IE7 Interest: Flat
Interest in Microsoft Corp.'s Internet Explorer 7 has stagnated, a pair of metrics vendors that track browser usage said Monday.
Within weeks of its October 2006 launch, IE7 accounted for nearly 10 percent of all browsers used on the Web, reported Aliso Viejo, Calif.-based Net Applications in its latest look at browser use. Over the next three months, IE7 posted month-to-month gains that ranged from 4 percent to almost 10 percent, so that by the end of February, it owned 29.1 percent of the market. Since then, however, it's taken two months to grow another point and a half.
The plateauing of IE7 is both striking and no surprise, said Geoff Johnston, an analyst at rival metrics firm WebSideStory. "In the last three months, IE7's growth has slowed to a trickle," said Johnston. "IE7 has a decent enough number -- 31 percent as of last week -- but IE6 is still higher, at 46 percent-47 percent."
Net Applications' numbers match those of WebSideStory.
Microsoft began feeding IE6 users automatic update offers to IE7 in early December 2006. Users, however, were allowed to decline the upgrade to IE7, and enterprises were given tools to block the move to the new browser. Microsoft also committed to supporting the older browser until 2014.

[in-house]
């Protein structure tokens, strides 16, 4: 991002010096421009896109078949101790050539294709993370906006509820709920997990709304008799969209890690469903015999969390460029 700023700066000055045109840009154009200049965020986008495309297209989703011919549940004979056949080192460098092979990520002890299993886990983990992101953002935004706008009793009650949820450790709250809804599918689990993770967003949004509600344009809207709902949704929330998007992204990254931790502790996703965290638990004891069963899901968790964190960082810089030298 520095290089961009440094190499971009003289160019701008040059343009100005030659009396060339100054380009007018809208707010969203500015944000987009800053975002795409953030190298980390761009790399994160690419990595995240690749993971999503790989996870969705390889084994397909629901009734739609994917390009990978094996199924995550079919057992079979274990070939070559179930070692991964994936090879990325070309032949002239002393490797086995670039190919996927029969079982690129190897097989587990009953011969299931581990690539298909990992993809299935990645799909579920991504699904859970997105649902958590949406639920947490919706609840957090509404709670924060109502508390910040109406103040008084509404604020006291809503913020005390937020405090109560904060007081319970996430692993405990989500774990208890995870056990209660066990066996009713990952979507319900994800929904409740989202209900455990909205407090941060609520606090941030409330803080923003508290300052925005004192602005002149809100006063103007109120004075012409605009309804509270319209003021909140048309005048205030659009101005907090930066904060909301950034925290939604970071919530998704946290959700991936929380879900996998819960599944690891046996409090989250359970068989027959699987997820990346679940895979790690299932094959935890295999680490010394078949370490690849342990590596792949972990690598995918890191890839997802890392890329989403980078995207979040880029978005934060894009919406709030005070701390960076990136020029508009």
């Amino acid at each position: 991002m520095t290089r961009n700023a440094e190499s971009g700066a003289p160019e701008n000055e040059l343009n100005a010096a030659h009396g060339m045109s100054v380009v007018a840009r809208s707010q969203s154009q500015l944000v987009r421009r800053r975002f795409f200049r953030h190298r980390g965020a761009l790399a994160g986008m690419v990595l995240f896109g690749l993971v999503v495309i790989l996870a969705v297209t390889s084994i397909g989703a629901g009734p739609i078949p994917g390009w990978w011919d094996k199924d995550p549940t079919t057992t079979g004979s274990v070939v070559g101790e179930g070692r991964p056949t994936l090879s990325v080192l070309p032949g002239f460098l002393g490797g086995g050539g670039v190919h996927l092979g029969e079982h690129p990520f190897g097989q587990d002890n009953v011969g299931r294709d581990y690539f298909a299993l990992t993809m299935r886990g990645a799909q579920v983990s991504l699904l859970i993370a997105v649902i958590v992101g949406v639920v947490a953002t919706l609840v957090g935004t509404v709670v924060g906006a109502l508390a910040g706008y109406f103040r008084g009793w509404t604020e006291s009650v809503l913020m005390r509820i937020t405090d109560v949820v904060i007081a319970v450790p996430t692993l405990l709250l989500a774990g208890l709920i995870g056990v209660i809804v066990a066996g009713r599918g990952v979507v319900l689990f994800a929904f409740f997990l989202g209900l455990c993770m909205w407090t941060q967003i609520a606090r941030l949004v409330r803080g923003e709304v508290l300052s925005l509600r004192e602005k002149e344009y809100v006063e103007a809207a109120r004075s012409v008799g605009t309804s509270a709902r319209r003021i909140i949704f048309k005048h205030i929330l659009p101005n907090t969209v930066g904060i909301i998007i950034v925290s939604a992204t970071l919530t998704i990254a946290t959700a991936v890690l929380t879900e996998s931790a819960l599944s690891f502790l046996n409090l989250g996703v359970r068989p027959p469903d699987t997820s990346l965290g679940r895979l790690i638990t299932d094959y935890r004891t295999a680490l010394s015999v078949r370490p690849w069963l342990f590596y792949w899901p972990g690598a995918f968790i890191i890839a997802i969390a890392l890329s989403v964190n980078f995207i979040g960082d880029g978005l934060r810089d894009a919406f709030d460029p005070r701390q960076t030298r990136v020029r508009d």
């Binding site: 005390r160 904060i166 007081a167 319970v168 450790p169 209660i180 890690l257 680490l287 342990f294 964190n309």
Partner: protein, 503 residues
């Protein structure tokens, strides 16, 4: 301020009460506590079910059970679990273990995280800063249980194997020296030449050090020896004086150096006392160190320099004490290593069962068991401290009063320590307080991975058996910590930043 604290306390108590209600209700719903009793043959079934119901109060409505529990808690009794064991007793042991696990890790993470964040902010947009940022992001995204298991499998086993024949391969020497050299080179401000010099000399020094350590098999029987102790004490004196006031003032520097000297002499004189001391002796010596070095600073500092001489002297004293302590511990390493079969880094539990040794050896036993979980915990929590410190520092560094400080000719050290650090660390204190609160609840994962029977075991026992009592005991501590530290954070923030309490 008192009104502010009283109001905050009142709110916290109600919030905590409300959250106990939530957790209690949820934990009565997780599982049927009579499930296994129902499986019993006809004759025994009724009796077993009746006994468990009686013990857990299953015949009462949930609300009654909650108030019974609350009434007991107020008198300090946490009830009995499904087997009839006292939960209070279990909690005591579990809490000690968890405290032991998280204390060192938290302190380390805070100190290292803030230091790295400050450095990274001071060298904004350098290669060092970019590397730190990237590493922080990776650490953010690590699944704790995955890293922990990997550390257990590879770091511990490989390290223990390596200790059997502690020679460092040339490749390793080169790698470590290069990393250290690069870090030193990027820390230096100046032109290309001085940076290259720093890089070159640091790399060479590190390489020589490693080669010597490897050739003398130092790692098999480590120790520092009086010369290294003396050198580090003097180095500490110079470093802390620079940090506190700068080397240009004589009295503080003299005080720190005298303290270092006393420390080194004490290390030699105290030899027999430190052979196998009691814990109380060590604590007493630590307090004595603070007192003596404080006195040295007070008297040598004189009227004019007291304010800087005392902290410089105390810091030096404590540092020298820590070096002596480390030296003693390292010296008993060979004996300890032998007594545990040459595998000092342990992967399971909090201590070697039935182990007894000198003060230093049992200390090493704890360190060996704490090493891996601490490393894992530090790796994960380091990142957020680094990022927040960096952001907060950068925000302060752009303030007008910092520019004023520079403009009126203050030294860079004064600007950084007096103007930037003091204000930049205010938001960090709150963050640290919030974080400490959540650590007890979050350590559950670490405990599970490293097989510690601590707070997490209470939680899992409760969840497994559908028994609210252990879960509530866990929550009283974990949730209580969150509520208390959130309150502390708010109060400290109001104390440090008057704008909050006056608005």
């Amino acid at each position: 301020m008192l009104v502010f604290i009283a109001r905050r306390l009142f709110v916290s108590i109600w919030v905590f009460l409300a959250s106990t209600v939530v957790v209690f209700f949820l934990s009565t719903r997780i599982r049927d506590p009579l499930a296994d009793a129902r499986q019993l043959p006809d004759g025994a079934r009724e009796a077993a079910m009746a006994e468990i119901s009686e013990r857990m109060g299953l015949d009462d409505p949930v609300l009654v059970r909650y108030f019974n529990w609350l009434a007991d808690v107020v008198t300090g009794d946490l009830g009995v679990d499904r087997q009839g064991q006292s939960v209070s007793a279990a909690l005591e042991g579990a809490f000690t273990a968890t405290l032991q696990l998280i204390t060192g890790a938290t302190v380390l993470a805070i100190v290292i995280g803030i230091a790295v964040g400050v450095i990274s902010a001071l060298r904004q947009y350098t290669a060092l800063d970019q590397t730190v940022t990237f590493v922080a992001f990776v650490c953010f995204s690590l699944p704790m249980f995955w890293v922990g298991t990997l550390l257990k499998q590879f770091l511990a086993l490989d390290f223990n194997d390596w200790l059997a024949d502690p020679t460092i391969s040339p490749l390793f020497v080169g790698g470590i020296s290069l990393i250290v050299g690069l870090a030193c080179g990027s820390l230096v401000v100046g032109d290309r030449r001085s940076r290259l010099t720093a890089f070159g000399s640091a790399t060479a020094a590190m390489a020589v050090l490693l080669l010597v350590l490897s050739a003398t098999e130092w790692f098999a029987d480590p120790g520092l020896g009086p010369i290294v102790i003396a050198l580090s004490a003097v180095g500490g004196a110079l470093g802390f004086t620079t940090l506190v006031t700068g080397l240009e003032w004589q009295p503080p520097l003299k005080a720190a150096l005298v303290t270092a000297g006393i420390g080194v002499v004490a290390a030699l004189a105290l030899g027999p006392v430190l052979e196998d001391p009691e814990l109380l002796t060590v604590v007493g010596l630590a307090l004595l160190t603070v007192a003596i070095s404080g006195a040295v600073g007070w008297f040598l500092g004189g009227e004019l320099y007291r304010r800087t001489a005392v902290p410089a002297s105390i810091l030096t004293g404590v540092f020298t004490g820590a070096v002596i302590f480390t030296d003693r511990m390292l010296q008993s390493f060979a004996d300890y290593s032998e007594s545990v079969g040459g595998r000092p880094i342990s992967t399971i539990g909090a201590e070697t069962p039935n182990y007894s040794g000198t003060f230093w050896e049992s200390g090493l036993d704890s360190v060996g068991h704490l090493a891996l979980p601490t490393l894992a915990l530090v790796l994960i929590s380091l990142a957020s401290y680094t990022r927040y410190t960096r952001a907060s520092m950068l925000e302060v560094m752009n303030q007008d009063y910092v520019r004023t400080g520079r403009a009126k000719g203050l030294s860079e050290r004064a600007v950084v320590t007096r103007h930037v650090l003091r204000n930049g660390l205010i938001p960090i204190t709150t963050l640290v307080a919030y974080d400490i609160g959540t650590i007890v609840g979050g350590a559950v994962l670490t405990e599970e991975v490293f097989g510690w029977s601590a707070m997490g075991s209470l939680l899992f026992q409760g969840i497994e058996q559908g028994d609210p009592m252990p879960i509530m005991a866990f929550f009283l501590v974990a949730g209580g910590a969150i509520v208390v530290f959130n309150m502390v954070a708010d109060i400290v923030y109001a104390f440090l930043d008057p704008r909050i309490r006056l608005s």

"Consumer apathy, or laziness, is extremely difficult to overcome," said Johnston. "Lots of people are obviously quite happy with IE6 and don't see any reason to upgrade as long as it's working for them."
Even the introduction of Windows Vista, which runs only IE7, hasn't made a difference of late. After a 4 percent jump in IE7 use from the end of January to the end of February -- Vista was released to consumers on Jan. 30 -- adoption slowed to 0.9 percent the next month and just 0.6 percent in March.
The stalled uptake of IE7 contrasts with a steadier migration of Firefox users from the older Version 1.5 to Version 2.0. In the seven months since Mozilla Corp.'s Firefox 2.0 debuted, it has essentially swapped places with 1.5; by the end of April, said Net Applications, Version 2.0 accounted for 10.2 percent of all browsers, close to the 10.5 percent that Firefox 1.5 controlled last November. It has only been in the past month that Firefox 2.0's uptake slowed to less than half the earlier month-to-month average.
According to Net Applications, Firefox now holds 15.4 percent of the browser market, while Internet Explorer has 78 percent. Apple Inc.'s Safari also posted an increase in April and now stands at 4.6 percent; Opera Software ASA's Opera browser slipped slightly and remains under 1 percent.
Firefox's gains continued to come at the expense of Internet Explorer. "Even with IE7, Microsoft is still losing market share to Firefox," said Johnston, who noted that WebSideStory tracked a 0.5 percent decline in IE over the past month. "It's still eroding."
Both Mozilla and Microsoft are working on their next-generation browsers, although Firefox 3.0 will likely beat IE8 to market by about a year. Mozilla's schedule is to finalize Firefox 3.0 before the end of the year, while Microsoft recently hinted that IE8 will appear in the fourth quarter of 2008.